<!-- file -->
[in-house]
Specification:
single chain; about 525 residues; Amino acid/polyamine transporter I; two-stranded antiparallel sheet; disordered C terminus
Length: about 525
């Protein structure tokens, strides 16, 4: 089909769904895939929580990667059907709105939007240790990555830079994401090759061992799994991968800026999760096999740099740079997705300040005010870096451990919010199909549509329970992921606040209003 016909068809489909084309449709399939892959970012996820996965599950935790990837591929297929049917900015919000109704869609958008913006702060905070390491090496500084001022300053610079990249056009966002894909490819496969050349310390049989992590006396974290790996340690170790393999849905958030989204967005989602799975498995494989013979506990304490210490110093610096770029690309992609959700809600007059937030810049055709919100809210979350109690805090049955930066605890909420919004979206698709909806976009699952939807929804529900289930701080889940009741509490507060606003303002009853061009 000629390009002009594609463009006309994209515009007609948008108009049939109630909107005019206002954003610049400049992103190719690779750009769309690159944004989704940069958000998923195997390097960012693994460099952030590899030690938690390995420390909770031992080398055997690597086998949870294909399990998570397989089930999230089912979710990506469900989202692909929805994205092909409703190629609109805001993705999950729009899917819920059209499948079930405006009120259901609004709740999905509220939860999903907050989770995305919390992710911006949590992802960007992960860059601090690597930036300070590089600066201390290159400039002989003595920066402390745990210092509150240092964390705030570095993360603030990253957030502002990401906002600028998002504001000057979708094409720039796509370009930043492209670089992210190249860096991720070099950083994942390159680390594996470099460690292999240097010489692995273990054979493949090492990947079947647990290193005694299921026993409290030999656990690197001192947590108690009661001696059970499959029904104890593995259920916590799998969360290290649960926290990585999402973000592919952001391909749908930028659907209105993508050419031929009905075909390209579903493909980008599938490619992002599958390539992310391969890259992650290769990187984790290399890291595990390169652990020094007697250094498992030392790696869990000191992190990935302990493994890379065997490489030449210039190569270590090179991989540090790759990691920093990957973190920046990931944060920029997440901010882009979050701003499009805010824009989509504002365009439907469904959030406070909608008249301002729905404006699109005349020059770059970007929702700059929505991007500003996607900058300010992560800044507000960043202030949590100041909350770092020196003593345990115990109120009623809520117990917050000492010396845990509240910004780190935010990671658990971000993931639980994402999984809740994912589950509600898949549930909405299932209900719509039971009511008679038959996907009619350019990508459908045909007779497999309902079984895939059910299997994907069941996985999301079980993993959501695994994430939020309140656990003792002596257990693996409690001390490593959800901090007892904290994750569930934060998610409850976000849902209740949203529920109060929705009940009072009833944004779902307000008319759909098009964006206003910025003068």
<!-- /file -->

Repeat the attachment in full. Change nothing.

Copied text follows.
[in-house]
Specification:
single chain; about 525 residues; Amino acid/polyamine transporter I; two-stranded antiparallel sheet; disordered C terminus
Length: about 525
């Protein structure tokens, strides 16, 4: 089909769904895939929580990667059907709105939007240790990555830079994401090759061992799994991968800026999760096999740099740079997705300040005010870096451990919010199909549509329970992921606040209003 016909068809489909084309449709399939892959970012996820996965599950935790990837591929297929049917900015919000109704869609958008913006702060905070390491090496500084001022300053610079990249056009966002894909490819496969050349310390049989992590006396974290790996340690170790393999849905958030989204967005989602799975498995494989013979506990304490210490110093610096770029690309992609959700809600007059937030810049055709919100809210979350109690805090049955930066605890909420919004979206698709909806976009699952939807929804529900289930701080889940009741509490507060606003303002009853061009 000629390009002009594609463009006309994209515009007609948008108009049939109630909107005019206002954003610049400049992103190719690779750009769309690159944004989704940069958000998923195997390097960012693994460099952030590899030690938690390995420390909770031992080398055997690597086998949870294909399990998570397989089930999230089912979710990506469900989202692909929805994205092909409703190629609109805001993705999950729009899917819920059209499948079930405006009120259901609004709740999905509220939860999903907050989770995305919390992710911006949590992802960007992960860059601090690597930036300070590089600066201390290159400039002989003595920066402390745990210092509150240092964390705030570095993360603030990253957030502002990401906002600028998002504001000057979708094409720039796509370009930043492209670089992210190249860096991720070099950083994942390159680390594996470099460690292999240097010489692995273990054979493949090492990947079947647990290193005694299921026993409290030999656990690197001192947590108690009661001696059970499959029904104890593995259920916590799998969360290290649960926290990585999402973000592919952001391909749908930028659907209105993508050419031929009905075909390209579903493909980008599938490619992002599958390539992310391969890259992650290769990187984790290399890291595990390169652990020094007697250094498992030392790696869990000191992190990935302990493994890379065997490489030449210039190569270590090179991989540090790759990691920093990957973190920046990931944060920029997440901010882009979050701003499009805010824009989509504002365009439907469904959030406070909608008249301002729905404006699109005349020059770059970007929702700059929505991007500003996607900058300010992560800044507000960043202030949590100041909350770092020196003593345990115990109120009623809520117990917050000492010396845990509240910004780190935010990671658990971000993931639980994402999984809740994912589950509600898949549930909405299932209900719509039971009511008679038959996907009619350019990508459908045909007779497999309902079984895939059910299997994907069941996985999301079980993993959501695994994430939020309140656990003792002596257990693996409690001390490593959800901090007892904290994750569930934060998610409850976000849902209740949203529920109060929705009940009072009833944004779902307000008319759909098009964006206003910025003068």